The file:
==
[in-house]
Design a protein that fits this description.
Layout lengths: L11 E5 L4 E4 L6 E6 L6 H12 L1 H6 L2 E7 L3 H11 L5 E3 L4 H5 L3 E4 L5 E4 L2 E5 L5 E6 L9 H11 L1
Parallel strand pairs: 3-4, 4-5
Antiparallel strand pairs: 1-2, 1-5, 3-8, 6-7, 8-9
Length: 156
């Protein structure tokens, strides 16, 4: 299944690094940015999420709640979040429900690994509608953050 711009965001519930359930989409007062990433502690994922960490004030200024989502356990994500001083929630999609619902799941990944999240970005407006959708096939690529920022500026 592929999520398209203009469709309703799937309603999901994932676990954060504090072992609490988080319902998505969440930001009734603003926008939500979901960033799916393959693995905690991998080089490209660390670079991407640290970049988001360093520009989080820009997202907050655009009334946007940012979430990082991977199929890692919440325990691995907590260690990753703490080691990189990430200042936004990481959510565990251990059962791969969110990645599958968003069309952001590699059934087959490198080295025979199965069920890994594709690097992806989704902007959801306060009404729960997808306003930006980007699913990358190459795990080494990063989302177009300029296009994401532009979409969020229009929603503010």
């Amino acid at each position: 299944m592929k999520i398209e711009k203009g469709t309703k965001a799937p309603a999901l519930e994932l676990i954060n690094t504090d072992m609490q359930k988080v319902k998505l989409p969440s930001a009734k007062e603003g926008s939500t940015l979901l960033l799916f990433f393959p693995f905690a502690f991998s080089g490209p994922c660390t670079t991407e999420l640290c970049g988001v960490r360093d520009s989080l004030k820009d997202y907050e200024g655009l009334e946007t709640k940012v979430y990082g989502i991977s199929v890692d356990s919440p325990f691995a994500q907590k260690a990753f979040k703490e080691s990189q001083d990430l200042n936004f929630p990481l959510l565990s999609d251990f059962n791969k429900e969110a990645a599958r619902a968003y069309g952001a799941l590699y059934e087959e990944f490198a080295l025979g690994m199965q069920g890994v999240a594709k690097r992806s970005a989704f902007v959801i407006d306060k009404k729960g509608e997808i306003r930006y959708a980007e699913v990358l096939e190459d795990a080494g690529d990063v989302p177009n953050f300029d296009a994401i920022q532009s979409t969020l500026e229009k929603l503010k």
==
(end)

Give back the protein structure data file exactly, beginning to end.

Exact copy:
[in-house]
Design a protein that fits this description.
Layout lengths: L11 E5 L4 E4 L6 E6 L6 H12 L1 H6 L2 E7 L3 H11 L5 E3 L4 H5 L3 E4 L5 E4 L2 E5 L5 E6 L9 H11 L1
Parallel strand pairs: 3-4, 4-5
Antiparallel strand pairs: 1-2, 1-5, 3-8, 6-7, 8-9
Length: 156
């Protein structure tokens, strides 16, 4: 299944690094940015999420709640979040429900690994509608953050 711009965001519930359930989409007062990433502690994922960490004030200024989502356990994500001083929630999609619902799941990944999240970005407006959708096939690529920022500026 592929999520398209203009469709309703799937309603999901994932676990954060504090072992609490988080319902998505969440930001009734603003926008939500979901960033799916393959693995905690991998080089490209660390670079991407640290970049988001360093520009989080820009997202907050655009009334946007940012979430990082991977199929890692919440325990691995907590260690990753703490080691990189990430200042936004990481959510565990251990059962791969969110990645599958968003069309952001590699059934087959490198080295025979199965069920890994594709690097992806989704902007959801306060009404729960997808306003930006980007699913990358190459795990080494990063989302177009300029296009994401532009979409969020229009929603503010």
């Amino acid at each position: 299944m592929k999520i398209e711009k203009g469709t309703k965001a799937p309603a999901l519930e994932l676990i954060n690094t504090d072992m609490q359930k988080v319902k998505l989409p969440s930001a009734k007062e603003g926008s939500t940015l979901l960033l799916f990433f393959p693995f905690a502690f991998s080089g490209p994922c660390t670079t991407e999420l640290c970049g988001v960490r360093d520009s989080l004030k820009d997202y907050e200024g655009l009334e946007t709640k940012v979430y990082g989502i991977s199929v890692d356990s919440p325990f691995a994500q907590k260690a990753f979040k703490e080691s990189q001083d990430l200042n936004f929630p990481l959510l565990s999609d251990f059962n791969k429900e969110a990645a599958r619902a968003y069309g952001a799941l590699y059934e087959e990944f490198a080295l025979g690994m199965q069920g890994v999240a594709k690097r992806s970005a989704f902007v959801i407006d306060k009404k729960g509608e997808i306003r930006y959708a980007e699913v990358l096939e190459d795990a080494g690529d990063v989302p177009n953050f300029d296009a994401i920022q532009s979409t969020l500026e229009k929603l503010k």